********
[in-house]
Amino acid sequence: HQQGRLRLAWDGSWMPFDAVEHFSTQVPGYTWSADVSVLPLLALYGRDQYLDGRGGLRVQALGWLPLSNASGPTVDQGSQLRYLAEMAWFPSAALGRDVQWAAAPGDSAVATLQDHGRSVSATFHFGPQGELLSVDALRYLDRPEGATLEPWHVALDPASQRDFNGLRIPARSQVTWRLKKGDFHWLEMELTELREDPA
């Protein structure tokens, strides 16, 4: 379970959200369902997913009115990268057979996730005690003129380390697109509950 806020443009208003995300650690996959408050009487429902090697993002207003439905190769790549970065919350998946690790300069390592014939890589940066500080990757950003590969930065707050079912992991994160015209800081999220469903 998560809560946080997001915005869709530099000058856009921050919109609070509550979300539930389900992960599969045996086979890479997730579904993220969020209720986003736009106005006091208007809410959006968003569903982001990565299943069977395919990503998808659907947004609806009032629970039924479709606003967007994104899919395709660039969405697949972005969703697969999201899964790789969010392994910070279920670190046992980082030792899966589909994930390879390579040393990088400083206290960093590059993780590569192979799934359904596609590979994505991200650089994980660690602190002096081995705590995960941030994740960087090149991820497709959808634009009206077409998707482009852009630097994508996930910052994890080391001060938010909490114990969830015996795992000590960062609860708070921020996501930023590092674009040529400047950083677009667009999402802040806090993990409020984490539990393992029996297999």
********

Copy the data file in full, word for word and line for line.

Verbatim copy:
[in-house]
Amino acid sequence: HQQGRLRLAWDGSWMPFDAVEHFSTQVPGYTWSADVSVLPLLALYGRDQYLDGRGGLRVQALGWLPLSNASGPTVDQGSQLRYLAEMAWFPSAALGRDVQWAAAPGDSAVATLQDHGRSVSATFHFGPQGELLSVDALRYLDRPEGATLEPWHVALDPASQRDFNGLRIPARSQVTWRLKKGDFHWLEMELTELREDPA
């Protein structure tokens, strides 16, 4: 379970959200369902997913009115990268057979996730005690003129380390697109509950 806020443009208003995300650690996959408050009487429902090697993002207003439905190769790549970065919350998946690790300069390592014939890589940066500080990757950003590969930065707050079912992991994160015209800081999220469903 998560809560946080997001915005869709530099000058856009921050919109609070509550979300539930389900992960599969045996086979890479997730579904993220969020209720986003736009106005006091208007809410959006968003569903982001990565299943069977395919990503998808659907947004609806009032629970039924479709606003967007994104899919395709660039969405697949972005969703697969999201899964790789969010392994910070279920670190046992980082030792899966589909994930390879390579040393990088400083206290960093590059993780590569192979799934359904596609590979994505991200650089994980660690602190002096081995705590995960941030994740960087090149991820497709959808634009009206077409998707482009852009630097994508996930910052994890080391001060938010909490114990969830015996795992000590960062609860708070921020996501930023590092674009040529400047950083677009667009999402802040806090993990409020984490539990393992029996297999």